Author avatar

Keaton Laney

Defining Props in React Function Component with Typescript

Keaton Laney

  • Aug 25, 2020
  • 5 Min read
  • 17,243 Views
  • Aug 25, 2020
  • 5 Min read
  • 17,243 Views
Web Development
Front End Web Development
Client-side Framework
React

Introduction

This guide will provide you with the syntax you need to properly define the props entering your components, compare and contrast defining props as a class or interface type, and give you a helpful tip for when you need to provide default values to optional props.

Which Keyword Should I Use?

Typescript brings some awesome features that extend JavaScript in powerful ways, including the ability to define the structure of an object in a variety of ways. In your search for the best way to define objects, you will undoubtedly encounter a variety of options, class and interface being the most common. If you take a look at Typescript's documentation, you can research for yourself the difference between these common object definers. This guide will give you the short version.

class is for when you want to define more than just the structure of an object:

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class Greeter {
    greeting: string;
    constructor(message: string) {
        this.greeting = message;
    }
    greet() {
        return "Hello, " + this.greeting;
    }
}
let greeter = new Greeter('world')
ts

interface is for when you want to enforce structural contracts (i.e what you want passed in or what you want returned back):

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interface FullName{
    firstName: string;
    lastName: number;
}

const fullNameObj:FullName = {
    firstName: "Jon",
    lastName: "Snow"
}
ts

So which should you use to define a prop? If you said interface, you would be correct.

Defining Props

Whether you're coming in fresh to using Typescript with React or are a grizzled veteran looking to add more functional components to your codebase by introducing hooks, it's important to know the different ways to define props.

Simple Yet Effective

One of the ways you can define props is simply by defining them in the parameter list of a function as demonstrated above.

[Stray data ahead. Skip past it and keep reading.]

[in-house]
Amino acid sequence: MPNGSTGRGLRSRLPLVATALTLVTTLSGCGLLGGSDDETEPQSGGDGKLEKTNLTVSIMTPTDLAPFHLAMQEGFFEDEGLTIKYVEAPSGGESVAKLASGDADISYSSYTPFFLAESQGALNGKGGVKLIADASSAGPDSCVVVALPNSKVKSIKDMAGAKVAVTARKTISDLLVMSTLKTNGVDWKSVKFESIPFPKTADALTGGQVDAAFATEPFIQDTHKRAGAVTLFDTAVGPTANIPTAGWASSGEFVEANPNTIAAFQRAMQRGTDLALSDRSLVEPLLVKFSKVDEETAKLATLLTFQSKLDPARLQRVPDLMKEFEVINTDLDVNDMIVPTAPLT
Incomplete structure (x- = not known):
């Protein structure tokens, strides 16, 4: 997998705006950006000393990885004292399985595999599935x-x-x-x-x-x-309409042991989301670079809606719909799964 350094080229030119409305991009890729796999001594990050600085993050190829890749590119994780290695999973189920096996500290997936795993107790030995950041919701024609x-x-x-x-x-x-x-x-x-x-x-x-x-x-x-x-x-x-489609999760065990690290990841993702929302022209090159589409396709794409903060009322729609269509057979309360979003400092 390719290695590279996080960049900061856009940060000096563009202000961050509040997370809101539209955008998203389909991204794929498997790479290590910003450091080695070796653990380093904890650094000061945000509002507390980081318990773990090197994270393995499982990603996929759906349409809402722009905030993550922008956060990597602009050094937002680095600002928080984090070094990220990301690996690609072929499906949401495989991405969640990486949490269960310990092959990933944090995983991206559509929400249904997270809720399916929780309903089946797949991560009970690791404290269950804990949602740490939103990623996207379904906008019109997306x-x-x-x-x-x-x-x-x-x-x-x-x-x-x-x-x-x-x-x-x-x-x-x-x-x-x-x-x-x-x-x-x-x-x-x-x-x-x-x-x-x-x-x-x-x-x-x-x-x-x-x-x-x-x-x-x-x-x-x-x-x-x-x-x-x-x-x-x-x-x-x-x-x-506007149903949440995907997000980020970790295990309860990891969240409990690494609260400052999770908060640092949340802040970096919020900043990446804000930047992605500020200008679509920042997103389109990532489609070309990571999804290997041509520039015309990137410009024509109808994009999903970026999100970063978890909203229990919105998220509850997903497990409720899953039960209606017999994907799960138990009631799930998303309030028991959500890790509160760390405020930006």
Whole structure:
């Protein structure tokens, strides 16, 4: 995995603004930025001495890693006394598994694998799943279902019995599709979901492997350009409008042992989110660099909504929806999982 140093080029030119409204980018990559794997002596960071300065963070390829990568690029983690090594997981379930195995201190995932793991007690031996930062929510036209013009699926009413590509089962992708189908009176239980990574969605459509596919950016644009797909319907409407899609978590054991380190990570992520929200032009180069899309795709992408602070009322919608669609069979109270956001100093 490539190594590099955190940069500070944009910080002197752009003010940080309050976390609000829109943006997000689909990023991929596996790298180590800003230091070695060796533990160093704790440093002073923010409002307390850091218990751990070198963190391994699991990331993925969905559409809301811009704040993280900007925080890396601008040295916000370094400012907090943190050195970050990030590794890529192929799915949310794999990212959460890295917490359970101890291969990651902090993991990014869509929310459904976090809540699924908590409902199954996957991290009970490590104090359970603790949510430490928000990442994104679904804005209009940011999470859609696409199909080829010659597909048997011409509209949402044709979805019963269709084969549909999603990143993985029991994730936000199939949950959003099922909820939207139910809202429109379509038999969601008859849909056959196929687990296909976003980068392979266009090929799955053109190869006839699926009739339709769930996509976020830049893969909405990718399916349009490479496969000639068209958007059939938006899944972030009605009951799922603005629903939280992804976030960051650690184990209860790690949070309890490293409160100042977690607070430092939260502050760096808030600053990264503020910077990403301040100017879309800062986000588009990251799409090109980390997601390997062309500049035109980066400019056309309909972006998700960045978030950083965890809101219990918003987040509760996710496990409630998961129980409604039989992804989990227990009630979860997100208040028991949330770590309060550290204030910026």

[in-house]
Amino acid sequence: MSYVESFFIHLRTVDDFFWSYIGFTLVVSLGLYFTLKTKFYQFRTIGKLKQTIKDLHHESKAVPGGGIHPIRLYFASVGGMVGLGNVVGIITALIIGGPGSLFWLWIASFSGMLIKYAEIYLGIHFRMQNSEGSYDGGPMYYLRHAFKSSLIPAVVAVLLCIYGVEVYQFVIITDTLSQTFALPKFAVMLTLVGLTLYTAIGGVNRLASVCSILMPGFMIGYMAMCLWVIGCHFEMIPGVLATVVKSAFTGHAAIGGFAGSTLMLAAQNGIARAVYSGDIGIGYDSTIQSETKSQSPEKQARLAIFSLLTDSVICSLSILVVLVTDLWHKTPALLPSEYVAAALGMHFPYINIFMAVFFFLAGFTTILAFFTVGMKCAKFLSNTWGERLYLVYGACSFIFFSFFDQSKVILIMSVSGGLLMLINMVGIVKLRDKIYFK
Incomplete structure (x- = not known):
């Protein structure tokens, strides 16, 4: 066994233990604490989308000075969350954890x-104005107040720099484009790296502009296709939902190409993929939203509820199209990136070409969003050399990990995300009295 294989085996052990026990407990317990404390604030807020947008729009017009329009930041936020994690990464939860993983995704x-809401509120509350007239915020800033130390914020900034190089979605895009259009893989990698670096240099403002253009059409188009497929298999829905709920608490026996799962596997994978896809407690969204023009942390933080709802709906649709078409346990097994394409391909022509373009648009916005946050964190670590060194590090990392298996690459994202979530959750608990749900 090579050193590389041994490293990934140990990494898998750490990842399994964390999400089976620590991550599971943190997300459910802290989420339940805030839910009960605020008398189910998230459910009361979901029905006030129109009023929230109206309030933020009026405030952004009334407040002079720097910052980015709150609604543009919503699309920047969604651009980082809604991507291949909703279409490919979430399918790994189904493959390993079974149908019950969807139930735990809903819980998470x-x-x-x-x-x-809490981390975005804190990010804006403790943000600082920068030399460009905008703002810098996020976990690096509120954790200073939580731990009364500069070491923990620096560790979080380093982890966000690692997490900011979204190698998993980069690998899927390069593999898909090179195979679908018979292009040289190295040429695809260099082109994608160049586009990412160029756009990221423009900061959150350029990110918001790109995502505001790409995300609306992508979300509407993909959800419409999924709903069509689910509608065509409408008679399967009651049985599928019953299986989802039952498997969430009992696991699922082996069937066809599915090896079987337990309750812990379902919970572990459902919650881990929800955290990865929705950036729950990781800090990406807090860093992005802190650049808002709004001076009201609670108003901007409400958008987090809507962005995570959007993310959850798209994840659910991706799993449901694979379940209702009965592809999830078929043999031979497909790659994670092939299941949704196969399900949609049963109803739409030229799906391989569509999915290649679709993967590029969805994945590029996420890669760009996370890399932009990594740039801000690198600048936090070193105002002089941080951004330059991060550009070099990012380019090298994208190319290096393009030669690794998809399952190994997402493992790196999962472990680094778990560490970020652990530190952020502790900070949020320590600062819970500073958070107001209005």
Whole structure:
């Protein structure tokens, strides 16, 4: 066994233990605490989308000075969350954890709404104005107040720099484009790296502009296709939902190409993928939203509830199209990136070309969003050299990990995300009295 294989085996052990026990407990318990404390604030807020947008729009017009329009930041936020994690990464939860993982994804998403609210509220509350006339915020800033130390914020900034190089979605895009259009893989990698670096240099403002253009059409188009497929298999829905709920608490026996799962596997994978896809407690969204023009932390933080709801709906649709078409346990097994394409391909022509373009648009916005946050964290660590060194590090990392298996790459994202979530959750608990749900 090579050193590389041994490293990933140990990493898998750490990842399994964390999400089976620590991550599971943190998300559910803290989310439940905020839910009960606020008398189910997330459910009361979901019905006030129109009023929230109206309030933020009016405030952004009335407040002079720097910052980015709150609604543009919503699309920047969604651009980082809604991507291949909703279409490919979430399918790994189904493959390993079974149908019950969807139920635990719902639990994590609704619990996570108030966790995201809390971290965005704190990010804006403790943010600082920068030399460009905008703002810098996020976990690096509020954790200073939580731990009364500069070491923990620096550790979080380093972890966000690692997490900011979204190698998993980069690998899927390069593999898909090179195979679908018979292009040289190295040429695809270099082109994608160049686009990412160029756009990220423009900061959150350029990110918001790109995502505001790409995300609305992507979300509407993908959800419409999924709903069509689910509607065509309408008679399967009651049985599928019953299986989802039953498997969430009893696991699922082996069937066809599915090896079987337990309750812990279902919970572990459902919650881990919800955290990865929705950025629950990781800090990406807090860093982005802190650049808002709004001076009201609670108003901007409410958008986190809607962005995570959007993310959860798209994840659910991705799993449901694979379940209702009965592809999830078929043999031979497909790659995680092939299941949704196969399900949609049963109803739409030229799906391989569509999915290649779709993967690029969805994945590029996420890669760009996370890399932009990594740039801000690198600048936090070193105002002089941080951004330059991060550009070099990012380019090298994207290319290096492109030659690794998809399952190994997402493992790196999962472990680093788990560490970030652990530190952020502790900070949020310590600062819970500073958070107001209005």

For example:

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interface FullName {
    firstName: string;
    lastName: string;
}
function FunctionalComponent(props:FullName){
    // props.firstName
    // props.lastName
}
ts

A More Flexible Way

In most cases, the simple way is fine. But what if you want to define default props if they aren't passed in? Or you just want to have cleaner syntax within your component?

For those cases, you can leverage a JavaScript syntax feature known as destructuring. This allows more flexibility in how you can define your props.

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// Using the same FullName interface from the last example
function FunctionalComponent({firstName, lastName}:FullName){
    // firstName
   // lastName
}
ts

What if you wanted to add a middle name? Not everyone has a middle name, so you want to make it optional. Destructuring can provide a clean solution to that problem.

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interface OptionalMiddleName {
    firstName: string;
    middleName?: string;
    lastName: string;
}
function Component({firstName, middleName = "N/A", lastName}:OptionalMiddleName){
    // If middleName wasn't passed in, value will be "N/A"
}
ts

Now whenever you need to reference middleName, if it doesn't exist you get a nice default "N/A".

Accomplishing the same functionality using the non-destructured syntax would look something like this:

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// using the same OptionalMiddleName interface from above
function Component(props:OptionalMiddleName){
    if(!props.middleName){
        props.middleName = "N/A"
    }
}
ts

Not awful, but not exactly nice either.

As always, though, beautiful code is in the eye of the beholder (sometimes).

Using React.FC

Another way to define props is to import and use React's Functional Component type, FC for short.

Using React.FC is more verbose, but does have some added benefits:.

  • Explicit with its return type
  • Provides type checking and autocomplete for static properties (i.e displayName, defaultProps)
  • Provides an implicit definition of children:
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    const ReactFCComponent: React.FC<{title:string}> = ({children, title}) => {
        return <div title={title}>{children}</div>
    }
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You can read more about the benefits of React.FC here

Which should you use? The React community generally frowns upon using React.FC due to its verbosity, and because its benefits aren't worth the trouble and difficulty to read.

Conclusion

Hopefully this simple guide provides you with a good reference for you to work from. In general I like to destructure all my props entering the component, as it provides a clean and effective syntax to work with. Good luck in your Typescript React journeys!

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